Sunday, February 16, 2014

What Martial Art Style Do I Recommend?

By Matthew Schafer
Copyright 2014, All Rights Reserved

Most of my teaching now is done by seminars so one thing that I get very often is afterwards people tend to come up to me and ask questions like, “this has made me want to start taking martial arts lessons, what style or school do I recommend?” I get asked for recommendations on martial arts schools and styles quite often and I have two responses that I typically give.

The first response is I ask the person what they want to get out of their martial arts training. That should only make sense. Martial arts not only teach self-defense but they provide a social outlet, an opportunity to study a different culture, a way to compete and win trophies, fitness and flexibility, mental wellbeing and stress management, and of course a way to social climb by earing belts.

Once they know what they want it gets easier to make a recommendation. If they want to earn trophies I might recommend Taekwondo and if they want stress management and to develop inner calm I might recommend Tai Ji Chuan. If they want to further their study in self-defense I make a little different recommendation.

I tell that that any teacher, school, or style can be great. However, when it comes to defending yourself principles are more important than techniques; the principles that have proven themselves over and over again is that when you are faced with someone who wants to seriously injure or kill you it is best to go right at them, fight back as aggressively as possible, and focus on striking the vulnerable areas of the human body. As long as you do that there is a good chance you’ll come out ok.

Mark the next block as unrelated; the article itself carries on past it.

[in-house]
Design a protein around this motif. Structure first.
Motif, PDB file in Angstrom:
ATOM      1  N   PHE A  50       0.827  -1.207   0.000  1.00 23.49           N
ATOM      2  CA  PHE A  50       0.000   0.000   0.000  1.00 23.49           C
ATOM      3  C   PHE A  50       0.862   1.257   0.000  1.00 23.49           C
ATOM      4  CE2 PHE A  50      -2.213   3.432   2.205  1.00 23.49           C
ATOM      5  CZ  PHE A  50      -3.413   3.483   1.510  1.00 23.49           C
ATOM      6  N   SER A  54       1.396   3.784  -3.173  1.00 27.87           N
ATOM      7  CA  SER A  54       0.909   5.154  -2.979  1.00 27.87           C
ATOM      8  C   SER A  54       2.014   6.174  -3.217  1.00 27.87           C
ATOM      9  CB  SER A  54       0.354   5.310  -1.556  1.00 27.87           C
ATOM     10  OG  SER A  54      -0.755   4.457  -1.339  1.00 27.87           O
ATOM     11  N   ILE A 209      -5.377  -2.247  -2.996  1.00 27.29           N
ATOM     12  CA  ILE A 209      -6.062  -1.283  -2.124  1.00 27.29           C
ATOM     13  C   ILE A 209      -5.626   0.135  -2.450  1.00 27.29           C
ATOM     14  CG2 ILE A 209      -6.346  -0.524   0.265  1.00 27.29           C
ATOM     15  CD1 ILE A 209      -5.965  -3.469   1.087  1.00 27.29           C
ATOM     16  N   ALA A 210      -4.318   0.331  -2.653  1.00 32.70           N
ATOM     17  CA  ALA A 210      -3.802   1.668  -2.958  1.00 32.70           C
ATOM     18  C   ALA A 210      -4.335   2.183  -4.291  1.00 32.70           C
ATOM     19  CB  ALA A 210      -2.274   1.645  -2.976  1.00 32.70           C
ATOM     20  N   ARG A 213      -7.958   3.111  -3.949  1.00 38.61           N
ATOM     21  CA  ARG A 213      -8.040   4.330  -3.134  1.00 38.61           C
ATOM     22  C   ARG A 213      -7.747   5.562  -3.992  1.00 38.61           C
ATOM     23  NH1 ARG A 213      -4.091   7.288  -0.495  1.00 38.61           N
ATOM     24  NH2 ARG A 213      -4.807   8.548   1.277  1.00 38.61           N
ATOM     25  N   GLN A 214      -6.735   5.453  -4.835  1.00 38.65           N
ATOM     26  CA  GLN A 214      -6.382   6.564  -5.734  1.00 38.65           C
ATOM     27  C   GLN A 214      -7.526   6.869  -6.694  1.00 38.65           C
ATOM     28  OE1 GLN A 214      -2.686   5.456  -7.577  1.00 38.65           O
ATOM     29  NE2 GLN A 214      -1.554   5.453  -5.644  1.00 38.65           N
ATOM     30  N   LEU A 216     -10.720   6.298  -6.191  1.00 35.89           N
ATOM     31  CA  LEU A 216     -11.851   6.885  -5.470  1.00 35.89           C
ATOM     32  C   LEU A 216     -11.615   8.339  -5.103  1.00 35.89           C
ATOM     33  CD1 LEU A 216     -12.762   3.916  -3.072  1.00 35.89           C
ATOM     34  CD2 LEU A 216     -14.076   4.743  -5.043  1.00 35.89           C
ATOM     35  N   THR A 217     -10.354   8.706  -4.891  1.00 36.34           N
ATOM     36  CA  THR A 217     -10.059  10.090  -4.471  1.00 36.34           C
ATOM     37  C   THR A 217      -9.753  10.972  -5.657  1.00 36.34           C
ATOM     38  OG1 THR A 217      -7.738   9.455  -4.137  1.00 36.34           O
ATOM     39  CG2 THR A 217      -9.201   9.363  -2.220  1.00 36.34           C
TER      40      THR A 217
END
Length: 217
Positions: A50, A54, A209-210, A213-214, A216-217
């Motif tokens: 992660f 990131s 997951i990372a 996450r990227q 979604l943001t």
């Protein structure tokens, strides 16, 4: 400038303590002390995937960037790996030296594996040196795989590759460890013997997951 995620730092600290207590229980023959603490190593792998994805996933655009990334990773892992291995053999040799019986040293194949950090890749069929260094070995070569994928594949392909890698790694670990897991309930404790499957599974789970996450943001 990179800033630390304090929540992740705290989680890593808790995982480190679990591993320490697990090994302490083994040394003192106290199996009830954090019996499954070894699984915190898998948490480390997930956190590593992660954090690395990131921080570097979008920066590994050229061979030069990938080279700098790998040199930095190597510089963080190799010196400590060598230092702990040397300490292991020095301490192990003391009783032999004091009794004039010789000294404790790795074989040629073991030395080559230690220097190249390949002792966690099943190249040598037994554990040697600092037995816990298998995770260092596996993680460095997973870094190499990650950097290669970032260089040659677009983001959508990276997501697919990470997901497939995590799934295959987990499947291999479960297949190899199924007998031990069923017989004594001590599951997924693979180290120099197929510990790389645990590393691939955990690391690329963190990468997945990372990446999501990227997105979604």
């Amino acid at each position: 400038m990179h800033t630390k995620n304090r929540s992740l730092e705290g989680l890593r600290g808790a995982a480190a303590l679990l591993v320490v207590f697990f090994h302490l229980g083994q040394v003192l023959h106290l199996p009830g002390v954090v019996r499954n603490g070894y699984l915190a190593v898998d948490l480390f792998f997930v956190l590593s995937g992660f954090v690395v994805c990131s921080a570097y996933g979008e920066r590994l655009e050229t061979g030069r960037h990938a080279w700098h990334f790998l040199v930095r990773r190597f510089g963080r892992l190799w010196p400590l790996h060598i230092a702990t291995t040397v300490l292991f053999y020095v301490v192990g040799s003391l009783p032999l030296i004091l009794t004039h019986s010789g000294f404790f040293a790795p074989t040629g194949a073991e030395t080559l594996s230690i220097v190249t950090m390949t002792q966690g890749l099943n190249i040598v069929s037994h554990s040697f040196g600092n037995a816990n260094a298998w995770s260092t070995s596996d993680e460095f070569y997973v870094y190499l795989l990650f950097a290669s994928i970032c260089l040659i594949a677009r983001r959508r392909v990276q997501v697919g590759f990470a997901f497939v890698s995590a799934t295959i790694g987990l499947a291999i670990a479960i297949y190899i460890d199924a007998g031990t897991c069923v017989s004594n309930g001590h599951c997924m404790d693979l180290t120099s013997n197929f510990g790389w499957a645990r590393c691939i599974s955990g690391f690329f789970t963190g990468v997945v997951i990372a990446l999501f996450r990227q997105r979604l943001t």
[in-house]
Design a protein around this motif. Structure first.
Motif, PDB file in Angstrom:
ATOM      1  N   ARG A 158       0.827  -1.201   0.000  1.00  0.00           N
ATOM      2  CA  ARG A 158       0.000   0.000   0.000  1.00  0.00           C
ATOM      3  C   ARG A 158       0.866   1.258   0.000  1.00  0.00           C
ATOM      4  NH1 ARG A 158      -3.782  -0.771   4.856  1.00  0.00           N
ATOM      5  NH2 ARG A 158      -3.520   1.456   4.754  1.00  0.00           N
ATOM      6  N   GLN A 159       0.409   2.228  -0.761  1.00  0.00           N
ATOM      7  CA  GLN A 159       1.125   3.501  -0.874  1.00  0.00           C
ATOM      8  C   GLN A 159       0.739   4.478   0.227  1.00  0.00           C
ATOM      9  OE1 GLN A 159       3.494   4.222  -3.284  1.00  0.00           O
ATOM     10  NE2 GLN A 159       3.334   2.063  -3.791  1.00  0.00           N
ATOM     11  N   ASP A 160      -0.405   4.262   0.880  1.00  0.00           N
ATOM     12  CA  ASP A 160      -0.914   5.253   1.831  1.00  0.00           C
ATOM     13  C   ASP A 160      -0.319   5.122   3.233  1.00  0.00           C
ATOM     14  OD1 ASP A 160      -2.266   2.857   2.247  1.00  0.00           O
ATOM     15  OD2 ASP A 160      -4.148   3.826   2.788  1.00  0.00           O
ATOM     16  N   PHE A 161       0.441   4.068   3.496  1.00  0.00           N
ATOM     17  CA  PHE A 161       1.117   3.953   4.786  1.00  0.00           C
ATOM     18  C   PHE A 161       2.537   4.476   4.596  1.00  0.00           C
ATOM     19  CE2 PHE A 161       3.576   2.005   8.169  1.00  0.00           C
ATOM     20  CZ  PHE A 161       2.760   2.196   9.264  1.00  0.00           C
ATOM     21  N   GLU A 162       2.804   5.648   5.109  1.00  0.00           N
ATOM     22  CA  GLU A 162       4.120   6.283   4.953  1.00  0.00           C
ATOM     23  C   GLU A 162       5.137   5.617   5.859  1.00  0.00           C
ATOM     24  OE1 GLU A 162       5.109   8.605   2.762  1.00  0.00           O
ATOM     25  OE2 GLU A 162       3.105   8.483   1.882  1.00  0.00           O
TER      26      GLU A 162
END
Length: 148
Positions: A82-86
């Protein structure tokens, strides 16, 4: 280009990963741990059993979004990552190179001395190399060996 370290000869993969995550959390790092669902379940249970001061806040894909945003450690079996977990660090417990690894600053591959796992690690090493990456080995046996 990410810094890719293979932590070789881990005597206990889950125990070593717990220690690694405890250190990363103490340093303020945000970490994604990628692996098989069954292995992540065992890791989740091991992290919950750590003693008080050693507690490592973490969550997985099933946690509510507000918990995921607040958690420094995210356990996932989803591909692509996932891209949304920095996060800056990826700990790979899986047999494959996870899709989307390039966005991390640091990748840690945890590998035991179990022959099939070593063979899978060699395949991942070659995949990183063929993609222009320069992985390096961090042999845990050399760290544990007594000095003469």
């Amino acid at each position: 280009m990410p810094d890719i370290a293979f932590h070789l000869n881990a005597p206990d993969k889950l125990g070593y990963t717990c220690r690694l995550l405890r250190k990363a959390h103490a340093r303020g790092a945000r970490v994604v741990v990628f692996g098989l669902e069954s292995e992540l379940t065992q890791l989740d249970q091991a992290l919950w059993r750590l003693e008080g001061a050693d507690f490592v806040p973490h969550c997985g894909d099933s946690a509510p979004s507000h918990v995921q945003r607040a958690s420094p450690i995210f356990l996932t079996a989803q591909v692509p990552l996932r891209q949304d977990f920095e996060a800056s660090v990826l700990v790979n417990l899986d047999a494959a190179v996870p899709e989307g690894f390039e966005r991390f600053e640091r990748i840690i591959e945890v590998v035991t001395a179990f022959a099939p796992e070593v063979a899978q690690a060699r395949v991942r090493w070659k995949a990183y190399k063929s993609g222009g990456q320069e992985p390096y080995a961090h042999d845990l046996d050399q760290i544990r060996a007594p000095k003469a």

My recommendation, therefore, is that is doesn’t matter so much what style you study. Just find an instructor who teaches that approach. Find someone who teaches you to lower your head and aggressively go in and cause as much damage as possible and it doesn’t matter if you’re doing it with sidekicks, palm strikes, elbows, or a tiger claw; this approach is what works so just call your local schools and talk to the instructor and pick out a few to visit and then watch a class or two. Talk to the instructor and maybe some students and if this is the approach the instructor teaches you’ll probably do just fine.

1 comment:

Anonymous said...

The style is not as important as the amount of time put into practice until it becomes second nature.